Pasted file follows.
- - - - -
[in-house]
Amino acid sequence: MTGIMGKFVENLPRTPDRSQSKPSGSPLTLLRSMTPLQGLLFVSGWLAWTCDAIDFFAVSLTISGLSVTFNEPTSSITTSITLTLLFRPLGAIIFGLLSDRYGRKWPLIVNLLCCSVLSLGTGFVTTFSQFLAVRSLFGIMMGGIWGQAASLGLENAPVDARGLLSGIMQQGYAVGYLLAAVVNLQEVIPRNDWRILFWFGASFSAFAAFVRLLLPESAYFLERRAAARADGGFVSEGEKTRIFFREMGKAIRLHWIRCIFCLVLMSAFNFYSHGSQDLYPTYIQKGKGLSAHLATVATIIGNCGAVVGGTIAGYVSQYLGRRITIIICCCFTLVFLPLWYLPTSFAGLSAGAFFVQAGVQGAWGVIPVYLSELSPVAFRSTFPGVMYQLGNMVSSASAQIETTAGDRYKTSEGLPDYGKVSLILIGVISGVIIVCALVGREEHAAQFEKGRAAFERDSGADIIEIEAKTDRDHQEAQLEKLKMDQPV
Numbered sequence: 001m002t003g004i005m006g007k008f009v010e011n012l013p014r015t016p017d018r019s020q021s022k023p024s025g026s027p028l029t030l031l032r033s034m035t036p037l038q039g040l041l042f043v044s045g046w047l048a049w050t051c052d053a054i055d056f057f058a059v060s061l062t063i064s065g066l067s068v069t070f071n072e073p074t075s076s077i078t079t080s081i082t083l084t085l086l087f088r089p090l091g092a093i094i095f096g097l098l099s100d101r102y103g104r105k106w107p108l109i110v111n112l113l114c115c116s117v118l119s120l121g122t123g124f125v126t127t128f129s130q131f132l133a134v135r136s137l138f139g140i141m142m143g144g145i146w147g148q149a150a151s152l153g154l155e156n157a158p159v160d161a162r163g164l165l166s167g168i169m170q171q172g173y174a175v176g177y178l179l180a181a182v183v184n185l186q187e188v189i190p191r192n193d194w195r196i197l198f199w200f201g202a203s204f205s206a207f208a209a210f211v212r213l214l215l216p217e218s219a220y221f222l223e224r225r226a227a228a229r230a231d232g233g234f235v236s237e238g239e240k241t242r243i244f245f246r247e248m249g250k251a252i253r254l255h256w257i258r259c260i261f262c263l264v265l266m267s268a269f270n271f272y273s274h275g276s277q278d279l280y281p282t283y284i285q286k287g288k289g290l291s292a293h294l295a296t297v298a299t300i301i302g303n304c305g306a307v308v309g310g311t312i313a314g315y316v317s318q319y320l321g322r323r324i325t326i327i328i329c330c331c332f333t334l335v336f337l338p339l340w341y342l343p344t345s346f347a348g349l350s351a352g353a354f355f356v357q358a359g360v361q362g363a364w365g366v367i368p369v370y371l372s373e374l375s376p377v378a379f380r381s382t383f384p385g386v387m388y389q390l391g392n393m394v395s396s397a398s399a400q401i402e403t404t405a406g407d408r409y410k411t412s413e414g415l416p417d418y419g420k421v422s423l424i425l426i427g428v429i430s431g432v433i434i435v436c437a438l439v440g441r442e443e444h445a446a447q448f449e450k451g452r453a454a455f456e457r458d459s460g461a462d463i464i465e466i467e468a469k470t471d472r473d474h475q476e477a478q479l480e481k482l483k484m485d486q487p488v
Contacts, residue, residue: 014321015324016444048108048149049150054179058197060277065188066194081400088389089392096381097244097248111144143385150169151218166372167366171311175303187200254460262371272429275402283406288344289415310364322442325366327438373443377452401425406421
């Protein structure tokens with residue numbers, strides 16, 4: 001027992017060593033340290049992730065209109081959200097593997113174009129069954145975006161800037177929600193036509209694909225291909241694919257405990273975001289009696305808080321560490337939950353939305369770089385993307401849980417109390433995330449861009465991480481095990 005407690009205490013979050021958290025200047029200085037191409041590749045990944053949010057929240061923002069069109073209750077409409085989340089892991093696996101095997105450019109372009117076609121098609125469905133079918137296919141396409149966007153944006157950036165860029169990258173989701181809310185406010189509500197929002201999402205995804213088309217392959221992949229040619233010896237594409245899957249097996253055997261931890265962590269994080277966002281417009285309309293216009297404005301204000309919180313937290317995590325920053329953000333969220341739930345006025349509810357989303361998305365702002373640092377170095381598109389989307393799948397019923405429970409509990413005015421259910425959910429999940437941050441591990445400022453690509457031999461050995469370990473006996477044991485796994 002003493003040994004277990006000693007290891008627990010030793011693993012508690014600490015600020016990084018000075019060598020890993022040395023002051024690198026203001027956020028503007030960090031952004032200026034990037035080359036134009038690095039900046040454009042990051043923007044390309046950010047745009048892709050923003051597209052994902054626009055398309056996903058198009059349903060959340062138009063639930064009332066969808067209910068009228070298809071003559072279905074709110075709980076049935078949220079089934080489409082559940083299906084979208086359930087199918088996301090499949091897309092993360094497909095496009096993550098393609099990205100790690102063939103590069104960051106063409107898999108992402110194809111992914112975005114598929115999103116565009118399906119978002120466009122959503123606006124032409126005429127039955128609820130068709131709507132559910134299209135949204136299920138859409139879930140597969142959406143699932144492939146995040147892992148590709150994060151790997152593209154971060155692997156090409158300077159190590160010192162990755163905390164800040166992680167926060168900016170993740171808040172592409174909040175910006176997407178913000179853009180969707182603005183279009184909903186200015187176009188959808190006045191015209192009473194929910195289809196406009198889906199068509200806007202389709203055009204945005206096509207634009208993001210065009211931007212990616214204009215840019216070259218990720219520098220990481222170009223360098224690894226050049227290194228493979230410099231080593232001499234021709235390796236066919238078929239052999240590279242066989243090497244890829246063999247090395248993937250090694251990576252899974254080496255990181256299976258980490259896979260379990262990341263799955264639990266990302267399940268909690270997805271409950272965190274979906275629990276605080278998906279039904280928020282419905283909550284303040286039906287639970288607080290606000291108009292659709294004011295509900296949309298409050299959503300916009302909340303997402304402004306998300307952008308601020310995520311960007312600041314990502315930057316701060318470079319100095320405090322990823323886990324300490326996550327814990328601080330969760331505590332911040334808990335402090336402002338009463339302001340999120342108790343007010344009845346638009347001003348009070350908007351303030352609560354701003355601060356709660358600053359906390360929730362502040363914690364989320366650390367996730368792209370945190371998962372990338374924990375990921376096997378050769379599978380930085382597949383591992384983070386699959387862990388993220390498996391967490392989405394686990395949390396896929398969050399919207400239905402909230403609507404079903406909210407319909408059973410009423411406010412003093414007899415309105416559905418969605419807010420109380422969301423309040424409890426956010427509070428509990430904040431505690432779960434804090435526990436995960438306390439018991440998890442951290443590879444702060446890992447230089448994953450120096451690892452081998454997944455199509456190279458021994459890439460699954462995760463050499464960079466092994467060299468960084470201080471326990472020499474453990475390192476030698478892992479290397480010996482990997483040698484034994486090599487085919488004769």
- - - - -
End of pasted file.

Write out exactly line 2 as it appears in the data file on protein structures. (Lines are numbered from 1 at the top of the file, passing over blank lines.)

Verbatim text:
Amino acid sequence: MTGIMGKFVENLPRTPDRSQSKPSGSPLTLLRSMTPLQGLLFVSGWLAWTCDAIDFFAVSLTISGLSVTFNEPTSSITTSITLTLLFRPLGAIIFGLLSDRYGRKWPLIVNLLCCSVLSLGTGFVTTFSQFLAVRSLFGIMMGGIWGQAASLGLENAPVDARGLLSGIMQQGYAVGYLLAAVVNLQEVIPRNDWRILFWFGASFSAFAAFVRLLLPESAYFLERRAAARADGGFVSEGEKTRIFFREMGKAIRLHWIRCIFCLVLMSAFNFYSHGSQDLYPTYIQKGKGLSAHLATVATIIGNCGAVVGGTIAGYVSQYLGRRITIIICCCFTLVFLPLWYLPTSFAGLSAGAFFVQAGVQGAWGVIPVYLSELSPVAFRSTFPGVMYQLGNMVSSASAQIETTAGDRYKTSEGLPDYGKVSLILIGVISGVIIVCALVGREEHAAQFEKGRAAFERDSGADIIEIEAKTDRDHQEAQLEKLKMDQPV